I have the following elliptic PDE (describing temperature in a plate, w in thermal contact with two fluids h and c): $$\lambda_h \frac{\partial^2 \theta_w}{\partial x^2} + \lambda_c V \frac{\partial^2 \theta_w}{\partial y^2} - (\beta_h+V\beta_c)\theta_w+(\beta_h\theta_h+V\beta_c\theta_c) = 0 \tag 1$$

pde = Subscript[λ, h] D[θ[x, y], x, x] + Subscript[λ, c] V D[θ[x, y], y, y] - (Subscript[β, h] + V Subscript[β, c] [Theta][x, y] + (Subscript[β, h] θh[x, y] + V Subscript[β, c] θc[x, y]) == 0

with the boundary conditions ($\beta_h, \beta_c, V, \lambda_h, \lambda_c$ are constants)

$$\theta_w(0,y)=1, \theta_w(x,0)=0$$ $$\frac{\partial \theta_w(1,y)}{\partial x}=\frac{\partial \theta_w(x,1)}{\partial y}=0$$

where \begin{eqnarray} \theta_h(x,y) &=& \beta_h e^{-\beta_h x} \int e^{\beta_h x} \theta_w(x,y) \, \mathrm{d}x,\\ \theta_c(x,y) &=& \beta_c e^{-\beta_c y} \int e^{\beta_c y} \theta_w(x,y) \, \mathrm{d}y. \end{eqnarray}

It is also known that $\theta_h(0,y)=1$ and $\theta_c(x,0)=0$.

Trying with separation of variables:

Substituting $\theta_h$ and $\theta_c$ in $(1)$ and using the ansatz $\theta_w(x,y) = e^{-\beta_h x} f(x) e^{-\beta_c y} g(y)$ we obtain two linear third-order ODEs with constant coefficients for $F(x) := \int f(x) \, \mathrm{d}x$ and $G(y) := \int g(y) \, \mathrm{d}y$: \begin{eqnarray} \lambda_h F''' - 2 \lambda_h \beta_h F'' + \left( (\lambda_h \beta_h - 1) \beta_h - \mu \right) F' + \beta_h^2 F &=& 0, \tag 2\\ V \lambda_c G''' - 2 V \lambda_c \beta_c G'' + \left( (\lambda_c \beta_c - 1) V \beta_c + \mu \right) G' + V \beta_c^2 G &=& 0,\tag 3 \end{eqnarray} with some separation constant $\mu \in \mathbb{R}$.

The boundary conditions take the form:

For G: $G'(0)=0, G(0)=0$ and $\frac{G''(1)}{G'(1)}=\beta_c$

In order to get another homogeneous condition of $F$, we use $\theta_{h1}(x,y):=\theta_h (x,y)-1$. This does not change Eq. $(2)$ or $(3)$ but gives us another condition on $F$ i.e. $F'(0)=0$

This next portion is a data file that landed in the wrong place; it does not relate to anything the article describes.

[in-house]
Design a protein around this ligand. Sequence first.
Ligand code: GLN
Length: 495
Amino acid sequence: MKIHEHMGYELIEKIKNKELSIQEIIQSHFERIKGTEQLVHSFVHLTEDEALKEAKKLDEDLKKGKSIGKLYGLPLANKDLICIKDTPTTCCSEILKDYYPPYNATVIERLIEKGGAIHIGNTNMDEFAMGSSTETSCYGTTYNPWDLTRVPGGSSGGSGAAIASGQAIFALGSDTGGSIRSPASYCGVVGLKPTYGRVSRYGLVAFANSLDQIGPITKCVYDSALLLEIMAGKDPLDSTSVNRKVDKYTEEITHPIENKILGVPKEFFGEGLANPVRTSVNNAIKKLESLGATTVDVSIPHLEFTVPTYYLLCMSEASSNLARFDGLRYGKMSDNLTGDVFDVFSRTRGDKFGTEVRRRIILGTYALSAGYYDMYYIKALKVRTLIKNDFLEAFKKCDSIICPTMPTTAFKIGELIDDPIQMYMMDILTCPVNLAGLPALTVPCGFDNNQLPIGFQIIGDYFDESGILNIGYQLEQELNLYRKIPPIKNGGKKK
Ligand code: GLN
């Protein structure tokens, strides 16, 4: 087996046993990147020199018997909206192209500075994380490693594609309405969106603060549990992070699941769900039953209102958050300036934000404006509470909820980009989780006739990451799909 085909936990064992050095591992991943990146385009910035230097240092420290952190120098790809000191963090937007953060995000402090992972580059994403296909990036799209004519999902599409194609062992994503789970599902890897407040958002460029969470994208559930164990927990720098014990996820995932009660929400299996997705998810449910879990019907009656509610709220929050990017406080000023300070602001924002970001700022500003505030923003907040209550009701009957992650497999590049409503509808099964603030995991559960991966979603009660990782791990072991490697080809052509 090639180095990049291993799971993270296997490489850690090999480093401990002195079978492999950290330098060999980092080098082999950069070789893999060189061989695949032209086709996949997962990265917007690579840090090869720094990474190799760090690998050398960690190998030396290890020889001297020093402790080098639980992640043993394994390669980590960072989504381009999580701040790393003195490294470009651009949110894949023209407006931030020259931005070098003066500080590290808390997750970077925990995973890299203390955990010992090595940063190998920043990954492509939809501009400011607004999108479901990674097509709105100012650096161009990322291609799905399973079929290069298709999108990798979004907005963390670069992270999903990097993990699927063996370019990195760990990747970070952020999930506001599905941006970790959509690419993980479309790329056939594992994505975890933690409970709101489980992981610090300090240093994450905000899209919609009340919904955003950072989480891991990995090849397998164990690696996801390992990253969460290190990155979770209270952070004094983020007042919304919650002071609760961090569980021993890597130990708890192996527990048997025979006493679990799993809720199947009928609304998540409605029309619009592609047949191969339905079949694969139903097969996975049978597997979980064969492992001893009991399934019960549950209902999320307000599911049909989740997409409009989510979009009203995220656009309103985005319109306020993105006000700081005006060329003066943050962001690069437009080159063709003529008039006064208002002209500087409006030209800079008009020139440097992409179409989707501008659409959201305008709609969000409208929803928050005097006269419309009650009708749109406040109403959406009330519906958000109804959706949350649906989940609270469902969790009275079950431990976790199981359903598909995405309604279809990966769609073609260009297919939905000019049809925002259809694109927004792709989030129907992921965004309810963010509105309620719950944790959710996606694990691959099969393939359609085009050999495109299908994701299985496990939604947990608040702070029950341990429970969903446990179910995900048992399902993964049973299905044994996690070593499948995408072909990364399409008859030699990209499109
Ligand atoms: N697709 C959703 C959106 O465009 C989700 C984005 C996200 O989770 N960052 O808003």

For F: $\frac{F''(1)}{F'(1)}=\beta_h, F'(0)=0$

Can anyone suggest a way forward in this problem ? I know I need to find the Eigenvalues $\mu$ and use the non-homogeneous b.c. and orthogonality to complete the solution, Krazug has already provided a method to find the $\mu$ values in an answer below. I need to understand how to use these with the $F$ equation to complete the $\theta_w$ solution

CONTEXT The integro-differential equation from which the above problem arises is $D$:

I had a system of three PDEs $$\frac{\partial \theta_h}{\partial x}+\beta_h (\theta_h-\theta_w) = 0 \tag A$$

$$\frac{\partial \theta_c}{\partial y} + \beta_c (\theta_c-\theta_w) = 0 \tag B$$

$$\lambda_h \frac{\partial^2 \theta_w}{\partial x^2} + \lambda_c V\frac{\partial^2 \theta_w}{\partial y^2}-\frac{\partial \theta_h}{\partial x} - V\frac{\partial \theta_c}{\partial y} = 0 \tag C$$

On eliminating $\theta_h$ and $\theta_c$ from $C$ I reach $$\lambda_h \frac{\partial^2 \theta_w}{\partial x^2} + \lambda_c V \frac{\partial^2 \theta_w}{\partial y^2} +( -\beta_h - V \beta_c )\theta_w +\beta_h^2 e^{-\beta_h x} \int e^{\beta_h x} \theta_w(x,y) \mathrm{d}x + \beta_c^2 e^{-\beta_c y}\int e^{\beta_c y} \theta_w(x,y)\mathrm{d}y = 0 \tag D$$

The BCs are

$$\theta_w(0,y)=1, \theta_w(x,0)=0$$ $$\frac{\partial \theta_w(1,y)}{\partial x}=\frac{\partial \theta_w(x,1)}{\partial y}=0$$ and $\theta_h(0,y)=1$, $\theta_c(x,0)=0$.

  • 2
    $\begingroup$ Do $\lambda_h$ and $\beta_h$ have values? And what are the other boundary conditions on $F$? $\endgroup$
    – SPPearce
    May 14, 2020 at 16:08
  • $\begingroup$ @KraZug $\lambda_h-\lambda_c$ and $\beta_h=\beta_c$. The other boundary conditions on $F$ could not be determined because the two other conditions left i.e $\theta_w(0,y)=1$ and $\theta_h(0,y)=1$ are non-homogeneous in nature. I was hoping that once the eigenvalues are determined from the homogeneous $G$ equation, maybe they could be used to determine the function $F$. That is how I have seen PDE equations being solved in textbooks. But am I missing something here ? Can you suggest some alternative approach for this problem ? $\endgroup$